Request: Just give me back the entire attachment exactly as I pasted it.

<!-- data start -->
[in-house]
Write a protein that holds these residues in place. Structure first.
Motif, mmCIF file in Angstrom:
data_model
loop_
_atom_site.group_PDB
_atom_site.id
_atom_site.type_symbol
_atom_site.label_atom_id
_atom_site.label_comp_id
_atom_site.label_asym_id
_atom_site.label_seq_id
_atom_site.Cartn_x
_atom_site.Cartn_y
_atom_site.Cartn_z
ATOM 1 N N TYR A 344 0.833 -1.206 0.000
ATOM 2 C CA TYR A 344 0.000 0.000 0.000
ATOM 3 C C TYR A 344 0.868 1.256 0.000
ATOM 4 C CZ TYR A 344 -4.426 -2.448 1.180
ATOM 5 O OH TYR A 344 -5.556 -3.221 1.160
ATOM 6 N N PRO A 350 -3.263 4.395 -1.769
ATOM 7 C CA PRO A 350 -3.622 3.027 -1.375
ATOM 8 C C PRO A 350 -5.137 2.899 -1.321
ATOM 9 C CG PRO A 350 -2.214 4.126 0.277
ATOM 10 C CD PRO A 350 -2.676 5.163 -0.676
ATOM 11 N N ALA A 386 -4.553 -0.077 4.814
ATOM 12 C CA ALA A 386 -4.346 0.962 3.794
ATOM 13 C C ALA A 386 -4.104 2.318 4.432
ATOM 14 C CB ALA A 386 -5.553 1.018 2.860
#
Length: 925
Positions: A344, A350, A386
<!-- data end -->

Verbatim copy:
[in-house]
Write a protein that holds these residues in place. Structure first.
Motif, mmCIF file in Angstrom:
data_model
loop_
_atom_site.group_PDB
_atom_site.id
_atom_site.type_symbol
_atom_site.label_atom_id
_atom_site.label_comp_id
_atom_site.label_asym_id
_atom_site.label_seq_id
_atom_site.Cartn_x
_atom_site.Cartn_y
_atom_site.Cartn_z
ATOM 1 N N TYR A 344 0.833 -1.206 0.000
ATOM 2 C CA TYR A 344 0.000 0.000 0.000
ATOM 3 C C TYR A 344 0.868 1.256 0.000
ATOM 4 C CZ TYR A 344 -4.426 -2.448 1.180
ATOM 5 O OH TYR A 344 -5.556 -3.221 1.160
ATOM 6 N N PRO A 350 -3.263 4.395 -1.769
ATOM 7 C CA PRO A 350 -3.622 3.027 -1.375
ATOM 8 C C PRO A 350 -5.137 2.899 -1.321
ATOM 9 C CG PRO A 350 -2.214 4.126 0.277
ATOM 10 C CD PRO A 350 -2.676 5.163 -0.676
ATOM 11 N N ALA A 386 -4.553 -0.077 4.814
ATOM 12 C CA ALA A 386 -4.346 0.962 3.794
ATOM 13 C C ALA A 386 -4.104 2.318 4.432
ATOM 14 C CB ALA A 386 -5.553 1.018 2.860
#
Length: 925
Positions: A344, A350, A386